How To Use Social Media for Business – Or Social Media 101


Many of my readers might not realize that long before Spit That Out, I started my own eco-conscious public relations firm focused on sustainable brands. Back in 2002, Paige Wolf Media & Public Relations did not begin with a grain of eco-consciousness, but over the years it progressed into a PR firm that only works with sustainable and/or mission-driven businesses.

I also sometimes handle social media for my clients. In most cases, though, I advise my clients, hoping they can pick up the skills to manage their own social media.

So here is a Social Media 101 FAQ, free to use and share! And if you would like more hands-on help with building your brand through media relations, social media, and additional communications tools, please reach out to me for a Coffee Consultation!

1) I have a Facebook account where I wish people “Happy Birthday” and share pictures of my cats. So I’m all set, right?

No. If you have any kind of business, whether it’s selling homemade cat treats or financial advising, you need a Facebook Business Page. A “page” is not the same as a “group” or a “personal page,” and it can be set up in about two minutes.

2) But I heard that people don’t even see Facebook posts anymore so it’s pointless.

Yes, it’s true that Facebook has made it so that unless something you post is so engaging that it goes viral in its own right, you’ll be lucky if 10% of your fans see your post. You still need to post. You can also pay a few bucks to boost posts to specific audiences, which is sometimes useful. And Facebook can be automatically linked to Twitter to create minimal effort on this platform. Here is a helpful post on increasing your Facebook Engagement

3) What’s the point of Twitter?

I have found Twitter to be one of the best ways to engage my business. Those 140 characters can go a long way, especially with so many journalists and business leaders using Twitter as their preferred platform. More on using Twitter for business.

4) How do I get people to follow me on Twitter?

Start by following the people you want to know – journalists, industry insiders and networks, even your competitors. Also follow your ideal consumers, searching around for relevant hashtags (more on that to come). The laziest way to use Twitter is to sync your Facebook and Instagram updates. But DO check in to Twitter directly at least once per day to respond to anyone who messages you or replies to you with an “@.” And make a point of “retweeting” interesting posts. Best of all, send actual replies to the posts that interest you! For example, “@JournalistQ What a great story about apples! Our company is also working to make apples the #1 fruit! Would love to connect”

5) What is a hashtag?

A hashtag, which looks like #, turns any phrase that follows it into a searchable link. Hashtags instantly link your social media post to a group of others with the same topic. As a small business owner, using appropriate hashtags can help drive your brand recognition and boost the reach of your advertising campaigns. You can also create your own hashtag for marketing campaigns, Twitter chats, and more! Learn more about hashtags here.

6) Do I really need to use Instagram?

Yes – especially if you want to reach an audience of teens and 20-somethings, who have all deleted their Facebook accounts because they don’t want their grandmothers to see what they are posting. They are all on Instagram posting selfies. So get ready to start posting and hashtagging some visually engaging content – but know that no matter how hard you try, you will never have more followers than your 14-year-old niece. You can also make your life easier by linking your Instagram posts directly to your Facebook and Twitter. More on using Instagram for business.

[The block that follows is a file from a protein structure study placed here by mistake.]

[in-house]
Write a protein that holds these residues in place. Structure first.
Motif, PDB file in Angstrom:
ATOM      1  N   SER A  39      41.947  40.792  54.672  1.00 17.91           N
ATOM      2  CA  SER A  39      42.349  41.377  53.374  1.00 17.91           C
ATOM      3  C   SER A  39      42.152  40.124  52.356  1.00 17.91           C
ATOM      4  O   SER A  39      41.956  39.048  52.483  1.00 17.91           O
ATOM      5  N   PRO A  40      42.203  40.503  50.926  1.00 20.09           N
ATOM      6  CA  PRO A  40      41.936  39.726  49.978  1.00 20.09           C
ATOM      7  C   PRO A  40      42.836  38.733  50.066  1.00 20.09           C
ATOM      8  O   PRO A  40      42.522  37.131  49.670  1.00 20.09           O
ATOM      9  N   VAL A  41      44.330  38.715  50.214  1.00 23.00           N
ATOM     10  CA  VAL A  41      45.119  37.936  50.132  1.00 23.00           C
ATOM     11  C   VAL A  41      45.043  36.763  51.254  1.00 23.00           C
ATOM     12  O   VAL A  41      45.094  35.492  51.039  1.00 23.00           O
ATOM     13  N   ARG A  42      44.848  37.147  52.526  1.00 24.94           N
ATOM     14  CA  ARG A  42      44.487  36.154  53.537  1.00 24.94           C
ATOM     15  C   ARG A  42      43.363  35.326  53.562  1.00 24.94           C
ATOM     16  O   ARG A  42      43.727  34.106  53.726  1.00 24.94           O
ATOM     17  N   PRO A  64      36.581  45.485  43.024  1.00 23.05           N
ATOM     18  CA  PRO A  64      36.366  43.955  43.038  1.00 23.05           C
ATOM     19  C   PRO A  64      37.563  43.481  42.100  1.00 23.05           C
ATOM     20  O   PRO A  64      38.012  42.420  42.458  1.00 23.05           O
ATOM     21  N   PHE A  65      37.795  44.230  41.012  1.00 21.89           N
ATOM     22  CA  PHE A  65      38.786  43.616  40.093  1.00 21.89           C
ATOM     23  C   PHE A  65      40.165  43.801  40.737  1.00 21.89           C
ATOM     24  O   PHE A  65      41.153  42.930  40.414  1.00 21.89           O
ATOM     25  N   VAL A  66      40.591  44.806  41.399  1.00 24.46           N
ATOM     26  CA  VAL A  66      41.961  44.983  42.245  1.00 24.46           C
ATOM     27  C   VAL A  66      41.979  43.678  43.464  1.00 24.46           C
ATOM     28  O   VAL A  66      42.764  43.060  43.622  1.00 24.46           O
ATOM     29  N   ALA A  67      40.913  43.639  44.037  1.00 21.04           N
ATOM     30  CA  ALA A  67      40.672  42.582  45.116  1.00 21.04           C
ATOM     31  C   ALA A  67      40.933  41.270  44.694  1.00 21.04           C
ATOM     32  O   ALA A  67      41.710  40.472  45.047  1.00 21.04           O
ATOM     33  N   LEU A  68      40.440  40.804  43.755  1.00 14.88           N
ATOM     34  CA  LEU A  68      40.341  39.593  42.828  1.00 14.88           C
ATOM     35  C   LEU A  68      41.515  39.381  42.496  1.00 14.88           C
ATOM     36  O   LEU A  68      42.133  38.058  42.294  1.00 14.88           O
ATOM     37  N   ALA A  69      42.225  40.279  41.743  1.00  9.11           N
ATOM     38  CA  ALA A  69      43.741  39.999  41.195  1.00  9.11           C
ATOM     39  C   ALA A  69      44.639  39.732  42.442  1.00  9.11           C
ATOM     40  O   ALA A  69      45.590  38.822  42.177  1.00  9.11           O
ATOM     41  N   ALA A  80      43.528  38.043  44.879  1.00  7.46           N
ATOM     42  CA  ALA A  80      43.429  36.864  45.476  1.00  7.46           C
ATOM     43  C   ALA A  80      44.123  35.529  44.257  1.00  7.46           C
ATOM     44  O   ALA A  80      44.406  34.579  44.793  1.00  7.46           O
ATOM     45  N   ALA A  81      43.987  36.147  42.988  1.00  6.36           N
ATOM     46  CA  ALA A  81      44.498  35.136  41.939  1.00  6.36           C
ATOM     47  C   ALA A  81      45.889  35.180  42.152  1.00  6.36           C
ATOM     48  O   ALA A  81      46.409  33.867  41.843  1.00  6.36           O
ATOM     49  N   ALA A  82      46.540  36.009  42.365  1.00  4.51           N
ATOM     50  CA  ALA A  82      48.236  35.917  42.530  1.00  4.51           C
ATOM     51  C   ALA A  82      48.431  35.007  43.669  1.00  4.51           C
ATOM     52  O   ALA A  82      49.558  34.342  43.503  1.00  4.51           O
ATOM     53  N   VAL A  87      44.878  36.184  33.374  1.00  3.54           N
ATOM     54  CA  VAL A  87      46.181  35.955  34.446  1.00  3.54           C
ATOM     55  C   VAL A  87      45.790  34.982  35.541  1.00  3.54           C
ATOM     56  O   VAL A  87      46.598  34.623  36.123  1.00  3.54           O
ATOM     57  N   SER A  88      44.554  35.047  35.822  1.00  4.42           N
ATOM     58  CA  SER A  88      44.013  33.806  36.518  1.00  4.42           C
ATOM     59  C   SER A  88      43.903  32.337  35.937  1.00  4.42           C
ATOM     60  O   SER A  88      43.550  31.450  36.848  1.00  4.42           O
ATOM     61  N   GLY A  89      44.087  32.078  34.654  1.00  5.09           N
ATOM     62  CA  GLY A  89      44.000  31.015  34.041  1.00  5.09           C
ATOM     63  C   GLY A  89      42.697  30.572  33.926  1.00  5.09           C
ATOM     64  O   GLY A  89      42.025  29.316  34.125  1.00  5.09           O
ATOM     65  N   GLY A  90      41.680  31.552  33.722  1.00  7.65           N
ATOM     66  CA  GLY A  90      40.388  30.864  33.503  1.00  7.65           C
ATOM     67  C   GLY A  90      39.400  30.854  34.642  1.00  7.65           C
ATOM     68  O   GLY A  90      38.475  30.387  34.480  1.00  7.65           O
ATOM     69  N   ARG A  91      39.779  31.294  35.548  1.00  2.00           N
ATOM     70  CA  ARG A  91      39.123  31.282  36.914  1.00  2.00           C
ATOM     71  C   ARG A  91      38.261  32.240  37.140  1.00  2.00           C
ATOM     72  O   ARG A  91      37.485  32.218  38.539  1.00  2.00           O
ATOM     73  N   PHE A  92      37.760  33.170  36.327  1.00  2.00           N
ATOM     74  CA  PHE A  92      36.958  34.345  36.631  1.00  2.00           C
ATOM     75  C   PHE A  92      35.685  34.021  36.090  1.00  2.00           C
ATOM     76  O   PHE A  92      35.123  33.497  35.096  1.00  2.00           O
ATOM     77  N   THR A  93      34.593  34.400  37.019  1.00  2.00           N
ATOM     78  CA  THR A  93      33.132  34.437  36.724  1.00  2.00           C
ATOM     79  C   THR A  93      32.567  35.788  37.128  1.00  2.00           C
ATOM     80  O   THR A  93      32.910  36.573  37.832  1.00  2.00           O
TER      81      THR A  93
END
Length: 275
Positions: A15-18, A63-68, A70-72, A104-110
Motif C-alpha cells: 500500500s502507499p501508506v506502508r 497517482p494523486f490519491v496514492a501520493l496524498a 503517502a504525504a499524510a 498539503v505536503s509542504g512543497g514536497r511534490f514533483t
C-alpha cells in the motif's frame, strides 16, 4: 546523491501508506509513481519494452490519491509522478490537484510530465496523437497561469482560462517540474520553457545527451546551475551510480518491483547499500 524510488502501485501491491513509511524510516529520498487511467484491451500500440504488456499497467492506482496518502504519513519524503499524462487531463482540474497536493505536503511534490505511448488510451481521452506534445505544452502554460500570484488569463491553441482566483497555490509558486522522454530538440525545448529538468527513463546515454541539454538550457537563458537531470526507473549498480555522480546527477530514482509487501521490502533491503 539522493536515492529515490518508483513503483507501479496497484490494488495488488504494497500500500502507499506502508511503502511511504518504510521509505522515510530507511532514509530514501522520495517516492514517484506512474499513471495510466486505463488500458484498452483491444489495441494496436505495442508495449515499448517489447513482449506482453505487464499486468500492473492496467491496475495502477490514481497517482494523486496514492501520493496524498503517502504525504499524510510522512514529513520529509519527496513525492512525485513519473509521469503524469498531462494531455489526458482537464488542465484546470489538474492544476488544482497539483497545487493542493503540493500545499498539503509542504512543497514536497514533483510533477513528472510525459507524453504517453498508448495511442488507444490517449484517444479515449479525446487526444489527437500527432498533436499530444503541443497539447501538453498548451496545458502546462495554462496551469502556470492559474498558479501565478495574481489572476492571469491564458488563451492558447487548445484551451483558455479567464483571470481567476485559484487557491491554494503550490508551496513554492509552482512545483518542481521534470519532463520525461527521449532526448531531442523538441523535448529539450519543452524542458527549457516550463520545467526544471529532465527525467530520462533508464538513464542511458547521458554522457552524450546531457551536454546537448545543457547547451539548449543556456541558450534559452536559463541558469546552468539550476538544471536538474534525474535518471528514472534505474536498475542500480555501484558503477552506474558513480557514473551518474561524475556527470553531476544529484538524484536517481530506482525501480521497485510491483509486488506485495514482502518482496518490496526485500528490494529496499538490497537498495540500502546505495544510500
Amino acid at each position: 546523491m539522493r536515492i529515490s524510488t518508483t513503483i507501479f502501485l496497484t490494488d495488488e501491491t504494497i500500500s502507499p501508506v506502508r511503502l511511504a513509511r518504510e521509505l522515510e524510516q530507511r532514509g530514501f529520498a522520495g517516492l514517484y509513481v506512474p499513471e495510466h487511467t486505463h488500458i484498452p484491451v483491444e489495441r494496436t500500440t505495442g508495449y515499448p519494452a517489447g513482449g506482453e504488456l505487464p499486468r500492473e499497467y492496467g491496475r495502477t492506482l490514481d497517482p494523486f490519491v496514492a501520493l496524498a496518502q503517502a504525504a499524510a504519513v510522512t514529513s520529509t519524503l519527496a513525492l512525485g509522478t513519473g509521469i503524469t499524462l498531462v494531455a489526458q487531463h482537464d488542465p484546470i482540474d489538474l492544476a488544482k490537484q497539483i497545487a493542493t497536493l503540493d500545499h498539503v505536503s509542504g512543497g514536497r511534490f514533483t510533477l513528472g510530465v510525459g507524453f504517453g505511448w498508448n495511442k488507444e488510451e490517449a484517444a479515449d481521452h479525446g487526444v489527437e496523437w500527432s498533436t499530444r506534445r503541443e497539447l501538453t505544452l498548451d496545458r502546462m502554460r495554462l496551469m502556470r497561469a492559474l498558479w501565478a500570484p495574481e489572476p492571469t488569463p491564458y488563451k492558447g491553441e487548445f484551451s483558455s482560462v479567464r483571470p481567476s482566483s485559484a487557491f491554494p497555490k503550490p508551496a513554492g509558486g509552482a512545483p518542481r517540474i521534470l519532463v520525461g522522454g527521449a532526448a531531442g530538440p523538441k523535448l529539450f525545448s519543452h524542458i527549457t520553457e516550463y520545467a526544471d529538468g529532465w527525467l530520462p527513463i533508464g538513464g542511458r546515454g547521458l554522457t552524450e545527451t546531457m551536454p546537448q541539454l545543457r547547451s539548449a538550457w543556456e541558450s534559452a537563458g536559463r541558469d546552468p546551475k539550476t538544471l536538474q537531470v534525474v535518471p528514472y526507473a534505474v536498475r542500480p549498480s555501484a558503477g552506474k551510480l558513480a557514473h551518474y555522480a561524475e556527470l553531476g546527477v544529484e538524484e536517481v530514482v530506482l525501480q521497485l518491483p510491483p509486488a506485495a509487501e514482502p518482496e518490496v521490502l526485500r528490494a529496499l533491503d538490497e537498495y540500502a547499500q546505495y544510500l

5) What about Pinterest?

You may think your product isn’t visual enough for Pinterest. But just about anything can be turned into a visually engaging pin, even if it’s just illustrating the title of a blog post (see mine above made in three minutes with a free app called PicCollage). And Pinterest is surprisingly important and effective – almost 80% of my blog traffic comes from Pinterest! Here is a great post on using Pinterest to grow your business.

6) People I’ve never met keep trying to connect with me on Linked In. What’s up with that?

Well, it could be potentially useful contacts. It could also be realtors and financial advisors sending out blanket new client pitches to everyone in their zip code. Use a bit of discrimination when accepting people so you won’t be flooded with pitches. LinkedIn is a great place to host your “virtual resume” and keep up with your contacts as they change jobs and companies. I am admittedly not as active on this platform as I could be. But I’ve read a lot about its usefulness and creative ways to engage. At the very least, keep your profile current.

7) Seriously, Google+ too?

Eh. Maybe. A few months ago I would have insisted on it because of search engine optimization through Google. But now I hear that Google may be scrapping the platform altogether. If I were you. I’d just claim my business name, update some basic info, and then spend my time elsewhere.

8) Where does a good e-mail newsletter fit into all this?

Here are some tips for a great e-mail newsletter. The easiest way for your subscribers to share your email is by adding a “Tweet” or “Like” button to your campaign. Then with a couple of clicks, any subscriber can share your email with their friends or followers.

10 Email Marketing Do’s and Don’ts - Infographic by Campaign Monitor
Source: 10 Email Marketing Do’s and Don’ts by Campaign Monitor

Now that you are all set up, please follow and engage with me!

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